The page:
A veil of wintry weather threatens to tie up car traffic, which is nothing new for Denver. Thousands of motorists have already driven in this area since late November to avoid the first mass of air pollution usually produced by the switchover of clocks for the week.
Denver? Yeah, same old same old. But this year’s previous warm spell is not the only thing to keep you from getting to home in time. Ride-hailing fleets, bicyclists and walkers are all reporting crowds as tens of thousands in the metro area evacuate the metropolitan area before the first accumulation of snow arrives. At this point, winter is already the main coat-sleeved Denver resident who gets to stay out as long as she pleases.
On Tuesday, the local government handwringing over how to stay safe while staying warm continued when three of the 10 metro Denver counties enacted policies to mandate that people don’t wear masks as their personal anti-pollution protection.
Those counties were Broomfield, Weld and Pueblo, after voters approved those measures in November. Though a third, Adams County, went the other way. Not much will change there, as Adams County already banned face masks by ordinance, so to speak.
The decisions follow similar tightening of mask policies by the city of Denver, which successfully lobbied Colorado officials for them to pass a statewide mandate that requires the same.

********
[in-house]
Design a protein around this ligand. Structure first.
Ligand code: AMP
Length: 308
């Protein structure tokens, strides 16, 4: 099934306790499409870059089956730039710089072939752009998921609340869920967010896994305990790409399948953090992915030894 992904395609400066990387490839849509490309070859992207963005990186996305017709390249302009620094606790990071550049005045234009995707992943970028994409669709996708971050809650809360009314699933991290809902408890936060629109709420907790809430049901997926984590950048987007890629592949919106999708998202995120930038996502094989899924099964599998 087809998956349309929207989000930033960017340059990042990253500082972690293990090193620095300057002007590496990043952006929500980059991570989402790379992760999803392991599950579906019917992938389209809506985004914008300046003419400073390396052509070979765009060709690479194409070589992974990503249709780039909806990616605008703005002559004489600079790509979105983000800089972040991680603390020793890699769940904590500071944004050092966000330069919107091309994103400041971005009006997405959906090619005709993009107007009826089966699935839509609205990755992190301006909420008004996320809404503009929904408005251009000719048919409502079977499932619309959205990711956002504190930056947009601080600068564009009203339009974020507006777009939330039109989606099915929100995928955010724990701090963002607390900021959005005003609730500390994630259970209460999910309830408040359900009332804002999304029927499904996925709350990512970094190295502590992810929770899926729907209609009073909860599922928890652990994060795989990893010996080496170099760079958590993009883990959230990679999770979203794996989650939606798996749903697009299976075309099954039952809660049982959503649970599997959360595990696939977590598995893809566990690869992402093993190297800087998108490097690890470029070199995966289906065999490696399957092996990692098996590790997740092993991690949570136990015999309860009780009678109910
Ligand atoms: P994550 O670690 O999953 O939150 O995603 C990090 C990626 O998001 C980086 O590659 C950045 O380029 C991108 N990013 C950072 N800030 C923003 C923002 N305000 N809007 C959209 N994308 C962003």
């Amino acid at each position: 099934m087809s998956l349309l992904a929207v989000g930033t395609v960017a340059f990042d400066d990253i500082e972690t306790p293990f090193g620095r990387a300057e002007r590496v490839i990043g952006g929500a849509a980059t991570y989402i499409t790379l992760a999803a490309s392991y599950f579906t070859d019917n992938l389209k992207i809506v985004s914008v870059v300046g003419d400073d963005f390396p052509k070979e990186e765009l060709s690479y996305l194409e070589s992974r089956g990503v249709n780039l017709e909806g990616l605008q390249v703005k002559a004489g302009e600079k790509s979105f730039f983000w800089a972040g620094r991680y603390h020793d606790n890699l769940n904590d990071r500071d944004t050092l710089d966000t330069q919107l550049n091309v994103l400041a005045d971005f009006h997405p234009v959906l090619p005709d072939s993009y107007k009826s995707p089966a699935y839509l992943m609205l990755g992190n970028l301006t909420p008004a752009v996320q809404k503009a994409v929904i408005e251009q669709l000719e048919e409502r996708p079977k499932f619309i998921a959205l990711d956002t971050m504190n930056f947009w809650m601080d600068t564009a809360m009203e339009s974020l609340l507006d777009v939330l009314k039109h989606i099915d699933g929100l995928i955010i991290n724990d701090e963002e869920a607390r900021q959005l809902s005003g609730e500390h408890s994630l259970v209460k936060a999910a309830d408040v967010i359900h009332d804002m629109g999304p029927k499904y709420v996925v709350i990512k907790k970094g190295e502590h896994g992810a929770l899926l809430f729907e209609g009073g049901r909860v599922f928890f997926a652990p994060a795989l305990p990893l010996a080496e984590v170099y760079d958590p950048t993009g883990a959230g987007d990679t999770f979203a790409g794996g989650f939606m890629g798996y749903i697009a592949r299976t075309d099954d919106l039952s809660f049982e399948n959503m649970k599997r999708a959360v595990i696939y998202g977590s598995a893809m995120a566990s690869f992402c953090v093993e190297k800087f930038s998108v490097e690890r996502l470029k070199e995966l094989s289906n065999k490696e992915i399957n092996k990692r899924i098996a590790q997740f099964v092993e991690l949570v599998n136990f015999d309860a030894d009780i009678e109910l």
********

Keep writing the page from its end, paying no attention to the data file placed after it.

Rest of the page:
In Denver, leaders said they want people to wear masks when going outside as “public health issues are always at the forefront of my thinking”. They added that public health and safety concerns are an important part of the decision-making process, even when people “aren’t all that concerned with defying the law”.
The four counties in Colorado have a history of wearing masks without any enforcement. Council member Robin Kniech, for example, was recorded wearing a rain coat over a mask last year when she met with a group in a Denver high school about issues related to pollution. “I think this was a great idea,” she said at the time.
Those who chose to refrain from wearing masks will not need to and will not need to speak to anyone to obtain them. County law says they can be worn at a public event in a “public event zone”, which include many of the biggest events in the metro area.